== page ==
Crime Ridden Neighborhood

Alex and I put out a podcast asking the question if our neighborhood was violent and crime ridden on the same day Mae and I rode our bikes by a new memorial of another death in our neighborhood. There were balloons on a tree and candles below them which symbolizes that someone most likely was a victim of gun violence. There are many of these memorials up, including one in front of one of our rentals from someone who was killed about 9 years ago.

When I think of my neighborhood, I don’t think it is violent and crime ridden, it seems like a normal neighborhood to me.  But when I hear of a person who has been shot and killed, I don’t think about it as a statistic, I think about the individual who lost their life. I think about their life choices that they were given and circumstances that led them to get into a situation where their life was taken. I have never been in or even come close to a situation where I have feared for my life so I try to have empathy and understand that because of my privilege, I have been exempt from these kinds of situations.  It isn’t right or fair that more than 73% of murder victims in Milwaukee are black.  It isn’t fair to the families, the moms who lost their sons, the kids who lost a parent, the brothers and sisters who are mourning a sibling.  It makes me think of the saying “when one piece of the society isn’t working for some, it isn’t working for the whole society.”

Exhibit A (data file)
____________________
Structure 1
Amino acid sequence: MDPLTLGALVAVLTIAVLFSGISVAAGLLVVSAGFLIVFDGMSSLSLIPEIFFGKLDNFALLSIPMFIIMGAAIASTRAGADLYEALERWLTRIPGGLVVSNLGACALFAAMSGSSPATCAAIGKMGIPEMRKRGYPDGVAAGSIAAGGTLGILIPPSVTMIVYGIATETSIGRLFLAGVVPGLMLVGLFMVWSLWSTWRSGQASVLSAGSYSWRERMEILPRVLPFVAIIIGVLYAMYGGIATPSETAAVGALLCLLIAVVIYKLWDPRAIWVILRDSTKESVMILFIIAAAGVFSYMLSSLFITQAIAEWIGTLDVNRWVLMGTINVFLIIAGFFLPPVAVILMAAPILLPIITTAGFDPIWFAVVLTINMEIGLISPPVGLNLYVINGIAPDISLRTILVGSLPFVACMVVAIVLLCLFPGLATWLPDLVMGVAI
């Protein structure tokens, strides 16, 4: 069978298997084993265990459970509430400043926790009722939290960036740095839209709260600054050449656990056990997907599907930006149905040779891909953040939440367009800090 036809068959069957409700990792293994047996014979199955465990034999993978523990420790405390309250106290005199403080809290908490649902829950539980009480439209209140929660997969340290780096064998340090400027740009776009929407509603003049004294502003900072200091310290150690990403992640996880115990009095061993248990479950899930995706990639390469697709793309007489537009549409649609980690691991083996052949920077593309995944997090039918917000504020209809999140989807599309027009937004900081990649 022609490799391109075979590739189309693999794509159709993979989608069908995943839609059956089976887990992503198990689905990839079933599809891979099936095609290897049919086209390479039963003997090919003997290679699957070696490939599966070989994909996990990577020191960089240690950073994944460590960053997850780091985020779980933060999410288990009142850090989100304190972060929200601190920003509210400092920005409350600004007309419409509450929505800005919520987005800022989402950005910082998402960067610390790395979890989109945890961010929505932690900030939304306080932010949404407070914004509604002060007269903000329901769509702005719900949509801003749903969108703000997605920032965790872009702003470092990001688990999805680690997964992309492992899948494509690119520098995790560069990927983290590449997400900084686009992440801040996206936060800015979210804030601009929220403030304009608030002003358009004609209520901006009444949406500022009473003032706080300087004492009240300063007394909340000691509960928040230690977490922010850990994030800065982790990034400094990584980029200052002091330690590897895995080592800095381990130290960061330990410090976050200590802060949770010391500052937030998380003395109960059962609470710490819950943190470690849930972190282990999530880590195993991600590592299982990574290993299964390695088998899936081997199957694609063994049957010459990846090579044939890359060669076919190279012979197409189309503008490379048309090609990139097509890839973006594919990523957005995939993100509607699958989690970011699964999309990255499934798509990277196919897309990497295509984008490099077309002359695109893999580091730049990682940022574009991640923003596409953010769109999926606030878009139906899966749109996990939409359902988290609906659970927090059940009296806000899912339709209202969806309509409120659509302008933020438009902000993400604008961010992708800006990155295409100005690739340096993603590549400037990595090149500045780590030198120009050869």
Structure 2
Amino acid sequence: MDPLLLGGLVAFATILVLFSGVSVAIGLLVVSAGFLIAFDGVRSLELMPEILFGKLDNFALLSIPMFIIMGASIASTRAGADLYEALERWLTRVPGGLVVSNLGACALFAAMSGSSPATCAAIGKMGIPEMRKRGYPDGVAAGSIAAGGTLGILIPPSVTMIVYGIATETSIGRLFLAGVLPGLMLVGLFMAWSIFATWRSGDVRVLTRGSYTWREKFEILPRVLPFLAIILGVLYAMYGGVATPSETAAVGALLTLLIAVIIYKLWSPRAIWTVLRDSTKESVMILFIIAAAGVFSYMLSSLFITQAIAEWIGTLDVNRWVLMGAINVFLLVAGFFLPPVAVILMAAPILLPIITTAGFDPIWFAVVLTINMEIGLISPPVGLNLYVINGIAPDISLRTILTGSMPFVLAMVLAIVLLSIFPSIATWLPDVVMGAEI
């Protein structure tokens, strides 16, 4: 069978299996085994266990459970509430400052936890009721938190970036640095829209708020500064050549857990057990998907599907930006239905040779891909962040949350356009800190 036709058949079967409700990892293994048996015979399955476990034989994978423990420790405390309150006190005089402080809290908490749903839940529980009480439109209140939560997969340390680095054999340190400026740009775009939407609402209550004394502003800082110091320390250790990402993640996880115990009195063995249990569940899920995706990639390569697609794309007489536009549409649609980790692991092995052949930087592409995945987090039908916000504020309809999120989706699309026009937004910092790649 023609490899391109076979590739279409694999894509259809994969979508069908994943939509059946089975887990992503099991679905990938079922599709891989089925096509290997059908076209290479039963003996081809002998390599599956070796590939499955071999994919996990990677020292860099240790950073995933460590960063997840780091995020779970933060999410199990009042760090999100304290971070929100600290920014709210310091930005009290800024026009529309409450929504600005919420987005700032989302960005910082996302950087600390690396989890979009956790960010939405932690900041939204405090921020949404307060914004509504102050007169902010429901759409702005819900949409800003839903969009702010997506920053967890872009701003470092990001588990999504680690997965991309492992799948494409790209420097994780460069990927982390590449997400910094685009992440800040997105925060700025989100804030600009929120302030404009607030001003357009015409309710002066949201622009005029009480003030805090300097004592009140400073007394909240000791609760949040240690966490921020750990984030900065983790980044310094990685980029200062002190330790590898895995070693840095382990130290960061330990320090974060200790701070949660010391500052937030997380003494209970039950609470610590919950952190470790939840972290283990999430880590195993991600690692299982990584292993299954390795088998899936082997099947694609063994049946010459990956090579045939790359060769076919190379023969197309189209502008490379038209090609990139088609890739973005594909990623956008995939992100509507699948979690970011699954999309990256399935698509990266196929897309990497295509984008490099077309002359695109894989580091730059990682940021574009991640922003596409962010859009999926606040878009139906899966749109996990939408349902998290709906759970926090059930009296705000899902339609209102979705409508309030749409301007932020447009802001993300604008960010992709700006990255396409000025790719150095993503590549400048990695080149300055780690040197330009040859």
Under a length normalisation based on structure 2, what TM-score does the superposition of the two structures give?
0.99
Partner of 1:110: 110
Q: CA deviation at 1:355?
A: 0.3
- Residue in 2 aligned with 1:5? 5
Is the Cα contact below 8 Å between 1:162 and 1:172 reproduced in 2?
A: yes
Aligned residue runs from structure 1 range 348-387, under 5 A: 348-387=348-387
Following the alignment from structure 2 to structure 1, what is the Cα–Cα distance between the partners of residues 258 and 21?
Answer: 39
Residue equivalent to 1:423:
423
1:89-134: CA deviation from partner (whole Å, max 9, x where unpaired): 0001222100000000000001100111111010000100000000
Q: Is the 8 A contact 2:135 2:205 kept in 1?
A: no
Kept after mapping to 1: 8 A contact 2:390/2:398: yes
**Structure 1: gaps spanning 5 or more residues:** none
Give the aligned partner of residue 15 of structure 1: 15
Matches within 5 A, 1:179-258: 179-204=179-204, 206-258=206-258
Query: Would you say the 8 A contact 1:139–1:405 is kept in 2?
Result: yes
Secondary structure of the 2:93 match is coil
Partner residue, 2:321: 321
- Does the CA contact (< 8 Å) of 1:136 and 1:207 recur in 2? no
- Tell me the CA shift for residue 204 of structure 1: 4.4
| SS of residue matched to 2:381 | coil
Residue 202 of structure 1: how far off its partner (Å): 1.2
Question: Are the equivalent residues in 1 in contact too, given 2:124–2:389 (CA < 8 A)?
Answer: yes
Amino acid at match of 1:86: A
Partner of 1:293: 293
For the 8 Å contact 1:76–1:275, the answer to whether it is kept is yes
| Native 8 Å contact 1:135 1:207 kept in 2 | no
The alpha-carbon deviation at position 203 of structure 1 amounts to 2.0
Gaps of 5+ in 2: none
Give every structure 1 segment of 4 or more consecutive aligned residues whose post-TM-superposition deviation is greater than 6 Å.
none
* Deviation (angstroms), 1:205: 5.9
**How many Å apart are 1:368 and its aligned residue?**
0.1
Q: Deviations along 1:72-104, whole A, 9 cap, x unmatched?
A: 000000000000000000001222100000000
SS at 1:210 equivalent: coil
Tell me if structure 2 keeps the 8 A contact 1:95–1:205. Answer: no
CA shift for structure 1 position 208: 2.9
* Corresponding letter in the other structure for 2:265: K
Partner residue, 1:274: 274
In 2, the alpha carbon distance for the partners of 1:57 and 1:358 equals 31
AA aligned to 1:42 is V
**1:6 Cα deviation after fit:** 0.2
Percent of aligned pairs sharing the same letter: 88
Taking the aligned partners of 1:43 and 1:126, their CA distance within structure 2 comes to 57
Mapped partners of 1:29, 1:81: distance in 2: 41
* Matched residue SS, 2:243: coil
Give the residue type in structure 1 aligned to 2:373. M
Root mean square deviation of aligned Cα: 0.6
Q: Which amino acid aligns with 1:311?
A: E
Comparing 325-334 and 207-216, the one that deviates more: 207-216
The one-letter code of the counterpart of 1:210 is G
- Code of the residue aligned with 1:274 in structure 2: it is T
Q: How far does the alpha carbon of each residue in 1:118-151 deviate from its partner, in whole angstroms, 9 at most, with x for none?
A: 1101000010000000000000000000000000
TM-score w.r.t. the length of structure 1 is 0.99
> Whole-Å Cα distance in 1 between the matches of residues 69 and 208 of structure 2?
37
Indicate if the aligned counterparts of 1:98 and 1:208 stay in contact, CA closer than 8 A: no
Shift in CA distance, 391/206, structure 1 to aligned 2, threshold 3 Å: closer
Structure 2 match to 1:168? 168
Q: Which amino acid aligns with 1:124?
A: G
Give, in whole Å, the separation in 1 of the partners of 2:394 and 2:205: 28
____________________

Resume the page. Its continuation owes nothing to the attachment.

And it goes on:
I used to hide these deaths from my kids and I came to the conclusion that I think it is better for them to know about them (and they are a bit older now). We have known several people who have died on our block and several young men who died that were part of the community garden, We Got This. Death is a part of life and it is a scary one but seeing it around me and my family has given me some comfort that we can communicate freely about a lot of things, including death and other parts of life that are really hard.

I remember coming home from a run one day and there was police tape up on my street. I saw some kids playing outside and started talking with them. These girls were about 8 and 5 and they told me that there was someone who had been shot and killed behind their house and they were going to give the family their stuffed animals to make them feel better. The thing that struck me was that it wasn’t abnormal for them to have police all around their home for a shooting.  I cried after talking with them because that isn’t the way kids should be growing up and in our neighborhood, it is part of everyday living here and that isn’t OK.

I have come to the realization that I am glad my family sees the realities of the world, that we don’t hide from the things that are uncomfortable and address really hard things, like people being shot. There are a lot of things that are unfair in the world, there are a lot of injustices going on right now in Milwaukee and though it is hard to bike by a new memorial, it gives me insight and perspective. I am thankful I see the fresh pain because it isn’t fair that only poor black people have to experience that. I am thankful that my kids have to grapple with death and see injustices because it gives us a reason to keep fighting for equality. I am thankful that we discuss shootings in Milwaukee because it isn’t right that so many black people die from gun violence.